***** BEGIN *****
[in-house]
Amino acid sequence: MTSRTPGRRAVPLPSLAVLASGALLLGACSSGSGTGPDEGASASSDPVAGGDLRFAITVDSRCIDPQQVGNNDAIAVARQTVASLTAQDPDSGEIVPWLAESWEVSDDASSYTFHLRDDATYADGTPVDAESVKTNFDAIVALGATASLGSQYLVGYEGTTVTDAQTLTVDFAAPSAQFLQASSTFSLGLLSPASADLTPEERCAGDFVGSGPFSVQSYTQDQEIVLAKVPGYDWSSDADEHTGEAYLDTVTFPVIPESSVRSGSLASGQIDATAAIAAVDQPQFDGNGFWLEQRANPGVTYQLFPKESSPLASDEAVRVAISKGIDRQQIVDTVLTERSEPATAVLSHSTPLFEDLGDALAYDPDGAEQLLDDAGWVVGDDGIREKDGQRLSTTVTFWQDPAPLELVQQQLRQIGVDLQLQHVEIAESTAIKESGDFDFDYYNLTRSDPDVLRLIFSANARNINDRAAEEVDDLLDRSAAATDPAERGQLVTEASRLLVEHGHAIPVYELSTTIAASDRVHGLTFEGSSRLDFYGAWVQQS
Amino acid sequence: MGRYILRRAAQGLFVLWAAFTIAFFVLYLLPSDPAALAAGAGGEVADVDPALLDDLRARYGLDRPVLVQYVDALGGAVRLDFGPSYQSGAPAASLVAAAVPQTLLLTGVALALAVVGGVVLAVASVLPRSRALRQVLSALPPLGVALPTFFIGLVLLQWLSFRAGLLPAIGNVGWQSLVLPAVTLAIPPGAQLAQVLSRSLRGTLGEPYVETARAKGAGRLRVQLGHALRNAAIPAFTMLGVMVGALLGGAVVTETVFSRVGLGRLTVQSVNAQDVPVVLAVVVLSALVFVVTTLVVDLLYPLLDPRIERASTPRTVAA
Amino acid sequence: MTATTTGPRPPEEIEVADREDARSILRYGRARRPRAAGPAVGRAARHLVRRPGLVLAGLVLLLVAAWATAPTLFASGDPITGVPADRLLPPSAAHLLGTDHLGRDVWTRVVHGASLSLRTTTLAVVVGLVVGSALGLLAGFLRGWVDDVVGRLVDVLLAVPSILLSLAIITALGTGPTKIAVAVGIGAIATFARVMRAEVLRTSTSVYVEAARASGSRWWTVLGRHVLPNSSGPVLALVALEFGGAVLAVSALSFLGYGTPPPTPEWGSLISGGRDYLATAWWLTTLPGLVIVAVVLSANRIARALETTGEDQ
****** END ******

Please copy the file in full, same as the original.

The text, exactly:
[in-house]
Amino acid sequence: MTSRTPGRRAVPLPSLAVLASGALLLGACSSGSGTGPDEGASASSDPVAGGDLRFAITVDSRCIDPQQVGNNDAIAVARQTVASLTAQDPDSGEIVPWLAESWEVSDDASSYTFHLRDDATYADGTPVDAESVKTNFDAIVALGATASLGSQYLVGYEGTTVTDAQTLTVDFAAPSAQFLQASSTFSLGLLSPASADLTPEERCAGDFVGSGPFSVQSYTQDQEIVLAKVPGYDWSSDADEHTGEAYLDTVTFPVIPESSVRSGSLASGQIDATAAIAAVDQPQFDGNGFWLEQRANPGVTYQLFPKESSPLASDEAVRVAISKGIDRQQIVDTVLTERSEPATAVLSHSTPLFEDLGDALAYDPDGAEQLLDDAGWVVGDDGIREKDGQRLSTTVTFWQDPAPLELVQQQLRQIGVDLQLQHVEIAESTAIKESGDFDFDYYNLTRSDPDVLRLIFSANARNINDRAAEEVDDLLDRSAAATDPAERGQLVTEASRLLVEHGHAIPVYELSTTIAASDRVHGLTFEGSSRLDFYGAWVQQS
Amino acid sequence: MGRYILRRAAQGLFVLWAAFTIAFFVLYLLPSDPAALAAGAGGEVADVDPALLDDLRARYGLDRPVLVQYVDALGGAVRLDFGPSYQSGAPAASLVAAAVPQTLLLTGVALALAVVGGVVLAVASVLPRSRALRQVLSALPPLGVALPTFFIGLVLLQWLSFRAGLLPAIGNVGWQSLVLPAVTLAIPPGAQLAQVLSRSLRGTLGEPYVETARAKGAGRLRVQLGHALRNAAIPAFTMLGVMVGALLGGAVVTETVFSRVGLGRLTVQSVNAQDVPVVLAVVVLSALVFVVTTLVVDLLYPLLDPRIERASTPRTVAA
Amino acid sequence: MTATTTGPRPPEEIEVADREDARSILRYGRARRPRAAGPAVGRAARHLVRRPGLVLAGLVLLLVAAWATAPTLFASGDPITGVPADRLLPPSAAHLLGTDHLGRDVWTRVVHGASLSLRTTTLAVVVGLVVGSALGLLAGFLRGWVDDVVGRLVDVLLAVPSILLSLAIITALGTGPTKIAVAVGIGAIATFARVMRAEVLRTSTSVYVEAARASGSRWWTVLGRHVLPNSSGPVLALVALEFGGAVLAVSALSFLGYGTPPPTPEWGSLISGGRDYLATAWWLTTLPGLVIVAVVLSANRIARALETTGEDQ